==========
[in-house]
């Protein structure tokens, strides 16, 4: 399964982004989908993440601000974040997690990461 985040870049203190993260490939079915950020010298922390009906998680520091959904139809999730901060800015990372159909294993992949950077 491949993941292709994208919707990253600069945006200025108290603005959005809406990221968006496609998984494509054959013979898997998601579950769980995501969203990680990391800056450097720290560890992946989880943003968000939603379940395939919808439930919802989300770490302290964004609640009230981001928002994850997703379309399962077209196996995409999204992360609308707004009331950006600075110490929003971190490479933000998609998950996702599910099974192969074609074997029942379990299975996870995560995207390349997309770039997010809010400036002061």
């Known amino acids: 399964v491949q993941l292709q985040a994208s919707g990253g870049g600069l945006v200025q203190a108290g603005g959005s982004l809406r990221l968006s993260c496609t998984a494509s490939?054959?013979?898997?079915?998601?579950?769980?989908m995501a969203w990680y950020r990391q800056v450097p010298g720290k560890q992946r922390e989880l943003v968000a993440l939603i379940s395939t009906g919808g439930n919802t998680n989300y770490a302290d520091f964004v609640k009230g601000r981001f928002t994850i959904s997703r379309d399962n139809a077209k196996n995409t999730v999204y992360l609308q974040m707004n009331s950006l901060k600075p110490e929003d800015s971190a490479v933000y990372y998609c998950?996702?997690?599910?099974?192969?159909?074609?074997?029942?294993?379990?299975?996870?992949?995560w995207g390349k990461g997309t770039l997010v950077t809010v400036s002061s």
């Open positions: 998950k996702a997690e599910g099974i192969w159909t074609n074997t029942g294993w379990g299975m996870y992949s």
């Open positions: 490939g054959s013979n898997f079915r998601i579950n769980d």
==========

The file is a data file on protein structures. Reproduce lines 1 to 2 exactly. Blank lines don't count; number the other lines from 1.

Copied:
[in-house]
């Protein structure tokens, strides 16, 4: 399964982004989908993440601000974040997690990461 985040870049203190993260490939079915950020010298922390009906998680520091959904139809999730901060800015990372159909294993992949950077 491949993941292709994208919707990253600069945006200025108290603005959005809406990221968006496609998984494509054959013979898997998601579950769980995501969203990680990391800056450097720290560890992946989880943003968000939603379940395939919808439930919802989300770490302290964004609640009230981001928002994850997703379309399962077209196996995409999204992360609308707004009331950006600075110490929003971190490479933000998609998950996702599910099974192969074609074997029942379990299975996870995560995207390349997309770039997010809010400036002061």